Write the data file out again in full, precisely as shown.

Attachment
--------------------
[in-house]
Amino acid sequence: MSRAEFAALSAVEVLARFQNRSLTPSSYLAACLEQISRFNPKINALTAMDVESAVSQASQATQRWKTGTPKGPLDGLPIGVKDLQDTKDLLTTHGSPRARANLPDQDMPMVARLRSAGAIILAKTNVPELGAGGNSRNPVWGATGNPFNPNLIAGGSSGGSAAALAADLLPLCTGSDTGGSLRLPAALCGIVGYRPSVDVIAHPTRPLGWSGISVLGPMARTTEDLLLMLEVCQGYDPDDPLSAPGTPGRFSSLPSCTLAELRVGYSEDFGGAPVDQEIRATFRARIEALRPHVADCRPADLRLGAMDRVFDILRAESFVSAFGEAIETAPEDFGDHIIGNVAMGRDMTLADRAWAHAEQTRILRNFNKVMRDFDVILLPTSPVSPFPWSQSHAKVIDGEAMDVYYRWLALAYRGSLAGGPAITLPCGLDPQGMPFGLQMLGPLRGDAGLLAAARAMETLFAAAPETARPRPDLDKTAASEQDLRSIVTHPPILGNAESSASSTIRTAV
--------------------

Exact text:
[in-house]
Amino acid sequence: MSRAEFAALSAVEVLARFQNRSLTPSSYLAACLEQISRFNPKINALTAMDVESAVSQASQATQRWKTGTPKGPLDGLPIGVKDLQDTKDLLTTHGSPRARANLPDQDMPMVARLRSAGAIILAKTNVPELGAGGNSRNPVWGATGNPFNPNLIAGGSSGGSAAALAADLLPLCTGSDTGGSLRLPAALCGIVGYRPSVDVIAHPTRPLGWSGISVLGPMARTTEDLLLMLEVCQGYDPDDPLSAPGTPGRFSSLPSCTLAELRVGYSEDFGGAPVDQEIRATFRARIEALRPHVADCRPADLRLGAMDRVFDILRAESFVSAFGEAIETAPEDFGDHIIGNVAMGRDMTLADRAWAHAEQTRILRNFNKVMRDFDVILLPTSPVSPFPWSQSHAKVIDGEAMDVYYRWLALAYRGSLAGGPAITLPCGLDPQGMPFGLQMLGPLRGDAGLLAAARAMETLFAAAPETARPRPDLDKTAASEQDLRSIVTHPPILGNAESSASSTIRTAV